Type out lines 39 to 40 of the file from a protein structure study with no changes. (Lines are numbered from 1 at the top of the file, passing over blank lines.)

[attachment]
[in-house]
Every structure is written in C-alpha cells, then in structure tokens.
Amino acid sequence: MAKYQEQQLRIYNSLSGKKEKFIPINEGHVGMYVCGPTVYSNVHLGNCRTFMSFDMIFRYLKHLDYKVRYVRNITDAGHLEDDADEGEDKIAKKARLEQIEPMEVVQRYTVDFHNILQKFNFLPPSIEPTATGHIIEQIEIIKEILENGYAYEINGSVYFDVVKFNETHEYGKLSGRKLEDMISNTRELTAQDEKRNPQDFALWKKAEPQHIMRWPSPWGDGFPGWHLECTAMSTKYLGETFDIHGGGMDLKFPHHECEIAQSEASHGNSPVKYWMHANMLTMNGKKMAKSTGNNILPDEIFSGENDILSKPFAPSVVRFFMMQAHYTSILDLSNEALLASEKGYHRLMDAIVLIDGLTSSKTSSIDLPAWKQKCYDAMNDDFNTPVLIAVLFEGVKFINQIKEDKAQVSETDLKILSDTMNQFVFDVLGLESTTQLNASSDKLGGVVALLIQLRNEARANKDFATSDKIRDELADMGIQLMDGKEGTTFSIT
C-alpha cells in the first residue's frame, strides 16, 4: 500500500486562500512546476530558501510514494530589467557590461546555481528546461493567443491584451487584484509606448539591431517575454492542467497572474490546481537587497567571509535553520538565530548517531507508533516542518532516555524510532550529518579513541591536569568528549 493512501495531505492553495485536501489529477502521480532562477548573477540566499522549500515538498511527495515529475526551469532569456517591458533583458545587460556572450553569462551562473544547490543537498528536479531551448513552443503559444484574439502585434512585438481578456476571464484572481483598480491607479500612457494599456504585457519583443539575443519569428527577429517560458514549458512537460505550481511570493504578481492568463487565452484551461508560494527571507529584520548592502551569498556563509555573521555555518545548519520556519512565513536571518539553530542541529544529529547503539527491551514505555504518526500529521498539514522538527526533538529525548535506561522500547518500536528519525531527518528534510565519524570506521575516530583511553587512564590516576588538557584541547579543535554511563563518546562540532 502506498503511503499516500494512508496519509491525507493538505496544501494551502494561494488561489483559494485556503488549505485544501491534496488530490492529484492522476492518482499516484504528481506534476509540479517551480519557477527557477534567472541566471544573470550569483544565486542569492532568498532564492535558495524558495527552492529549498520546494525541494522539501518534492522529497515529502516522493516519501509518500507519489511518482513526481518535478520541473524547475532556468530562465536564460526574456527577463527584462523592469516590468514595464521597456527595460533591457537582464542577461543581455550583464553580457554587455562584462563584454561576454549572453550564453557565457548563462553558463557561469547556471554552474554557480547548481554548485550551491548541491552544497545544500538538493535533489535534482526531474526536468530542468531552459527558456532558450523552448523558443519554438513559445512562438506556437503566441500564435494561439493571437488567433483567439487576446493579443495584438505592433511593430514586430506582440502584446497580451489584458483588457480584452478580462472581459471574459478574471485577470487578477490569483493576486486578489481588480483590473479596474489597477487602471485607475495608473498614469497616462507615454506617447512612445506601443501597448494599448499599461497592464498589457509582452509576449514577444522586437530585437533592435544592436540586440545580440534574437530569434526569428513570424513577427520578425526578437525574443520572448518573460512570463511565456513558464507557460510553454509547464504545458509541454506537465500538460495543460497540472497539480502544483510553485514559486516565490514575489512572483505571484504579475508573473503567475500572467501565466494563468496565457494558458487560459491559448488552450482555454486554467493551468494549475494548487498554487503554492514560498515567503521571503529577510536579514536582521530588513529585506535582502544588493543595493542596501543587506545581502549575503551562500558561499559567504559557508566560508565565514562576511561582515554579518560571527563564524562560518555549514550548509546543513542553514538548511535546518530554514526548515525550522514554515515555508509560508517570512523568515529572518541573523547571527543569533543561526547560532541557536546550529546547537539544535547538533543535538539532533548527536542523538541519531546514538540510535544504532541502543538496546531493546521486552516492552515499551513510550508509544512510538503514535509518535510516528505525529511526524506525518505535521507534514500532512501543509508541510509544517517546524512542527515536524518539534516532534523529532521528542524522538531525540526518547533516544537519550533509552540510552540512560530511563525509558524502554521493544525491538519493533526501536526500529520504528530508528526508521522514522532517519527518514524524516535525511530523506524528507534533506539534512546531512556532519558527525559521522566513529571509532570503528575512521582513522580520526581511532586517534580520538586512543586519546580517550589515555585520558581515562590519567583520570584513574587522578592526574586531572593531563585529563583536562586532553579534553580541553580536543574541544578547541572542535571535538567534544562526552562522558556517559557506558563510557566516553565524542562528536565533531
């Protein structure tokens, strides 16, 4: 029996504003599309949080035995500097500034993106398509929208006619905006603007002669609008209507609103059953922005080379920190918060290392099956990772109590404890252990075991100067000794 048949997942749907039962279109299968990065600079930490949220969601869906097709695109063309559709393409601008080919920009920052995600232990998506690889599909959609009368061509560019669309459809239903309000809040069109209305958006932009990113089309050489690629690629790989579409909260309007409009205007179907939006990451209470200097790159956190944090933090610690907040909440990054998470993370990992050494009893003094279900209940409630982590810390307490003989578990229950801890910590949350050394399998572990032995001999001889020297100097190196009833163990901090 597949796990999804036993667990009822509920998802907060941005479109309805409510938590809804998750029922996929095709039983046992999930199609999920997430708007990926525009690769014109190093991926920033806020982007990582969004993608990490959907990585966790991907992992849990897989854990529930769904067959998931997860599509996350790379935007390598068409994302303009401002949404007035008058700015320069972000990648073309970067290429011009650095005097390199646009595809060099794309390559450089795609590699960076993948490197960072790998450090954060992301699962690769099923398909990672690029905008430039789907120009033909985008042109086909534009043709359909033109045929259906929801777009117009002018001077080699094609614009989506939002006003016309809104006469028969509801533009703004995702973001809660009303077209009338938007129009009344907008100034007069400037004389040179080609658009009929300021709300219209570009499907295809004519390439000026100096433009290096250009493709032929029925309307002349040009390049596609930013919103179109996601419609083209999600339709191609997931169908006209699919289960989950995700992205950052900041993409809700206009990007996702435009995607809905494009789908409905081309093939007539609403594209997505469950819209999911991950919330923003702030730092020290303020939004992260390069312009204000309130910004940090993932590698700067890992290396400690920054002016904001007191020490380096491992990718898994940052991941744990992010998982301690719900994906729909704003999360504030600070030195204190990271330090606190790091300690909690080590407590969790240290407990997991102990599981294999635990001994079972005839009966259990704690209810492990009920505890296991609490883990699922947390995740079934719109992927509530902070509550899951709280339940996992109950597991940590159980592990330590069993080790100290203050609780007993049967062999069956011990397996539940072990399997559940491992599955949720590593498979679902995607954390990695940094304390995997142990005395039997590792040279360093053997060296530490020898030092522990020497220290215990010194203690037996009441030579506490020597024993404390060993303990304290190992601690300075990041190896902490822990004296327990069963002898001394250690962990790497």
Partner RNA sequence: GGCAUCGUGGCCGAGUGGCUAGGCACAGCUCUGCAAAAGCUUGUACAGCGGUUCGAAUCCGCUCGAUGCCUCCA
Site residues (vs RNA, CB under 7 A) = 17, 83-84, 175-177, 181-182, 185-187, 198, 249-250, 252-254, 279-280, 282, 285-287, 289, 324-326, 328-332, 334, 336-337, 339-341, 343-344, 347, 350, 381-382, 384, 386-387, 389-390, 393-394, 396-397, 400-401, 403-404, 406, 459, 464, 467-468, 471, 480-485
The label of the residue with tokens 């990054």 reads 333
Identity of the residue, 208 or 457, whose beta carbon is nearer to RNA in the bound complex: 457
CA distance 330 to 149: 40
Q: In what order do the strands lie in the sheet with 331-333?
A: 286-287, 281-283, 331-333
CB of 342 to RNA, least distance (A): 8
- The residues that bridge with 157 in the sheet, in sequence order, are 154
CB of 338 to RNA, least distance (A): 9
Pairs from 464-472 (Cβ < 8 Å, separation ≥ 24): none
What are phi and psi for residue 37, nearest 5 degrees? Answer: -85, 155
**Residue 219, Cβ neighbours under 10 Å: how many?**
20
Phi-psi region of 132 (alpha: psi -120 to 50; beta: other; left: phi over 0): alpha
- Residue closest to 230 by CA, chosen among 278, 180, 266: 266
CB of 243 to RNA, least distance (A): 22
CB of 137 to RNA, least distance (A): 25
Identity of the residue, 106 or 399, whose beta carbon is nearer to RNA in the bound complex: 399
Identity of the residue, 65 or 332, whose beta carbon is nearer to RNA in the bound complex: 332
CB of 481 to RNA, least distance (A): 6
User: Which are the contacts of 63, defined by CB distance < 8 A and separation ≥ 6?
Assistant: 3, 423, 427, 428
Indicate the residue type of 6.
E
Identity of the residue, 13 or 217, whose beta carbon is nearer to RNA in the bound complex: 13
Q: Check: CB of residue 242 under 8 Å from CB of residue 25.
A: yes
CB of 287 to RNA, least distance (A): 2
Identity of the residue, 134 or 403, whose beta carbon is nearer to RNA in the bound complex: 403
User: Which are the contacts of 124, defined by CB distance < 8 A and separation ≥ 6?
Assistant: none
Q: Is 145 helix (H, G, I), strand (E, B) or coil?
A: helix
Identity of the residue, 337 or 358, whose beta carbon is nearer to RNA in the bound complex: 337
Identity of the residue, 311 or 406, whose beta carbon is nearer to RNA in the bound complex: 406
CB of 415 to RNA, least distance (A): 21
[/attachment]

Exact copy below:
A: helix
Identity of the residue, 337 or 358, whose beta carbon is nearer to RNA in the bound complex: 337